The proposed 10 million-square-foot facility would make the powerful and pricey lithium-ion batteries that power its Model S and future vehicles. — online.wsj.com
On its Tesla Blog, the company claims that "by the end of the first year of volume production of our mass market vehicle, we expect the Gigafactory will have driven down the per kWh cost of our battery pack by more than 30 percent."Is the electric car not so dead after all?See some slides from the...
Your assignment is to come up with an idea so revolutionary that it could be considered an important advance in industrial design.
Students at Rice University in Houston accomplished that with plans for a floating city that is being considered by one of the world's largest oil companies. Last year, the students won the inaugural Odebrecht Award for a radical design of man-made floating islands where as many as 25,000 oil workers and their families could live. — npr.org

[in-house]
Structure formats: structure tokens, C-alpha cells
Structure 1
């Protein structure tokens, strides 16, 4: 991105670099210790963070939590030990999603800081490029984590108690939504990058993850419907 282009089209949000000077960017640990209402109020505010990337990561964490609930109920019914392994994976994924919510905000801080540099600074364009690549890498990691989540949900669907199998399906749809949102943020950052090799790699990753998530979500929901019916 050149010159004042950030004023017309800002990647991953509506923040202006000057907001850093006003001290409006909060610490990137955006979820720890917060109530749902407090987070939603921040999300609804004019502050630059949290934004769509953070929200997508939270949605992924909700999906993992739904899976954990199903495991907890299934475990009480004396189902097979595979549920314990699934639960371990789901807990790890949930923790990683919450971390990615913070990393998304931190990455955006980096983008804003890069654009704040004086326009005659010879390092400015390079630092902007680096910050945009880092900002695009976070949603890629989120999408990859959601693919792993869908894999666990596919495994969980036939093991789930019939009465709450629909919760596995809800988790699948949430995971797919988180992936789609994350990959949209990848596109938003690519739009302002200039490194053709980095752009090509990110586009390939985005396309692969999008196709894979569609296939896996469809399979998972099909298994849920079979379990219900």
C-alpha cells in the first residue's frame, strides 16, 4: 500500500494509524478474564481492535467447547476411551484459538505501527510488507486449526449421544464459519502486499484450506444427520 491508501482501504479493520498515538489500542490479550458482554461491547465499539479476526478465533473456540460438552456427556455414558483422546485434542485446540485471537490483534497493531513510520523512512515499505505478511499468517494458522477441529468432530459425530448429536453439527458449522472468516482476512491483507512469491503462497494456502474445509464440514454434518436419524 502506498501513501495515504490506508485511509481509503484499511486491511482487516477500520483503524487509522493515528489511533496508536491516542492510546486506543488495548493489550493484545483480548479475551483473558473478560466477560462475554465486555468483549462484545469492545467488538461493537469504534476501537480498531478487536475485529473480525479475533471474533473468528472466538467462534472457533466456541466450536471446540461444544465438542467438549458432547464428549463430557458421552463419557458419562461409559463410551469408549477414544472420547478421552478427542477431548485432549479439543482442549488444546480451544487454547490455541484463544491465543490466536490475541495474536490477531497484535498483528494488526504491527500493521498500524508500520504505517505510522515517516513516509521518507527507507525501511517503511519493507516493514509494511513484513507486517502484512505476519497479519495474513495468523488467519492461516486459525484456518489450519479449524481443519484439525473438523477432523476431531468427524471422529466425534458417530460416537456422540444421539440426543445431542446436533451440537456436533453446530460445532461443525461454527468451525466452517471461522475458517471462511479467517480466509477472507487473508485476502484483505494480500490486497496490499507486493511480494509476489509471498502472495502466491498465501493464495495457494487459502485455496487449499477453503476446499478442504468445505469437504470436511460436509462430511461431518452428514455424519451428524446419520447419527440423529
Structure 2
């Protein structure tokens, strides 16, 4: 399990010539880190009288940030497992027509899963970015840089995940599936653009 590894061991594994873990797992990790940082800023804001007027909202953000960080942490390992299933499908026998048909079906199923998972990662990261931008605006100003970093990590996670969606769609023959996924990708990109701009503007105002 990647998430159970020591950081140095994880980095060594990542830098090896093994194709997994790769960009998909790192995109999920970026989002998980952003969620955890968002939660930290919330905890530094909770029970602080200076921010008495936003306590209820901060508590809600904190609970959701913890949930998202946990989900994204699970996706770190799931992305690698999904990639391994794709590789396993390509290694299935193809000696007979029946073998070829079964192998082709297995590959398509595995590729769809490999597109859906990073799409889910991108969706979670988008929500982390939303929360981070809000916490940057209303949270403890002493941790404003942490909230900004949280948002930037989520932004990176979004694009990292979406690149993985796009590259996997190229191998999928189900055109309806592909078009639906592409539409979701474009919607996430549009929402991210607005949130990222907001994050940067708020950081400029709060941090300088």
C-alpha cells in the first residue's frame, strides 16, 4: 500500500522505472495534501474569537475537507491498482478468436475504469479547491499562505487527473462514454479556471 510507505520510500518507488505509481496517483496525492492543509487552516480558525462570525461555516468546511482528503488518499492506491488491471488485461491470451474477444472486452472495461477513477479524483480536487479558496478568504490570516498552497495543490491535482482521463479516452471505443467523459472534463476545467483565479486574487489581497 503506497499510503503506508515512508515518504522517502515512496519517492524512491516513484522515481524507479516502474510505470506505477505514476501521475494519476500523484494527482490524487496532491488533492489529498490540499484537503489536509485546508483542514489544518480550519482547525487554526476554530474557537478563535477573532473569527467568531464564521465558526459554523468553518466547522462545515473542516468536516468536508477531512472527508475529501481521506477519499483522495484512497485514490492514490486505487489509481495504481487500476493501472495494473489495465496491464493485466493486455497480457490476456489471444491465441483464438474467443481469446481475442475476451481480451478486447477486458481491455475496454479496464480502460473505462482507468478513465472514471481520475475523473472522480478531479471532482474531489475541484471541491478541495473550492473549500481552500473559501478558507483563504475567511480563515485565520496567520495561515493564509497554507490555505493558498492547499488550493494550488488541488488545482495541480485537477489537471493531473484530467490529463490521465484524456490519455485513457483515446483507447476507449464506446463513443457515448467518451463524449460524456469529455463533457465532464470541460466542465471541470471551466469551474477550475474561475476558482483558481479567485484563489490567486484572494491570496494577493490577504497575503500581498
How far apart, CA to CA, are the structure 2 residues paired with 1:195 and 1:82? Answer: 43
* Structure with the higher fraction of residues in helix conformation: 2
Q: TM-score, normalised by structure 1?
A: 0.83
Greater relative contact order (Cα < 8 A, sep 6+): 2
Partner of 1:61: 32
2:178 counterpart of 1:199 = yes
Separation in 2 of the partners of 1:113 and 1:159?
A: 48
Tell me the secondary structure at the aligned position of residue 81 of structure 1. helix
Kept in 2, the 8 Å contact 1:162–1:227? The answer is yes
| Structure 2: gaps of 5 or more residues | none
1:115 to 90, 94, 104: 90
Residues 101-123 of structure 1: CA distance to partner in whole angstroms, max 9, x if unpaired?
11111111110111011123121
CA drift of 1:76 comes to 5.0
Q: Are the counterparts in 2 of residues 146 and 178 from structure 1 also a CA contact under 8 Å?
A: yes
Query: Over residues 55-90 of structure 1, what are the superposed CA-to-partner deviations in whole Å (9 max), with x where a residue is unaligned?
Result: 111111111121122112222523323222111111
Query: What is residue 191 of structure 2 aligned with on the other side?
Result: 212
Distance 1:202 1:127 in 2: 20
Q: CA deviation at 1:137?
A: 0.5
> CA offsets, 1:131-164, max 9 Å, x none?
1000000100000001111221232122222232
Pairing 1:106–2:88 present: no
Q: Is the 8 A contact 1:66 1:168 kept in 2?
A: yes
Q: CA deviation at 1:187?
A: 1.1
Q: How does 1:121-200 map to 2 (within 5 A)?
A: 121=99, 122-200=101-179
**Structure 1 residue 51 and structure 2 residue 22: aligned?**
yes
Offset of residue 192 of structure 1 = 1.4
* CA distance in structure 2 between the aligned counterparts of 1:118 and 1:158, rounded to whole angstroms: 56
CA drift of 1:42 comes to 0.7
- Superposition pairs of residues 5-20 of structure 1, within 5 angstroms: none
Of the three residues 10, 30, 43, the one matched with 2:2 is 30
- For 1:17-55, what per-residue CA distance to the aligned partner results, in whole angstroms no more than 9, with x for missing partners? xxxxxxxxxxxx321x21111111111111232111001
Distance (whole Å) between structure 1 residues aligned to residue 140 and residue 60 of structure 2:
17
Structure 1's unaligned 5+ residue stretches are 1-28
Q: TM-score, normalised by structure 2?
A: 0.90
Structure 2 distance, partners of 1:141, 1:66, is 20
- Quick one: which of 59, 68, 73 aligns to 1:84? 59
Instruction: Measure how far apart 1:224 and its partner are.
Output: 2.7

Previously featured in our Student Works and Screen/Print series, "The Petropolis of Tomorrow" proposes a new style of floating company towns to aid Brazil in offshore oil findings. NPR now reports that the project has surpassed its academic role to be considered by Petrobas, a Brazilian...
The long and varied history of waste and its removal in New York from the 18th century onwards is the subject of Elizabeth Royte’s 2005 book Garbage Land and of the Urban Omnibus City of Systems video she narrates. In the video, Royte describes how her research into where exactly her trash was going after she threw it out has led her to become a more ecological citizen, with “a systems view” of our interconnected processes of manufacturing, transportation, disposal and re-use. — Urban Omnibus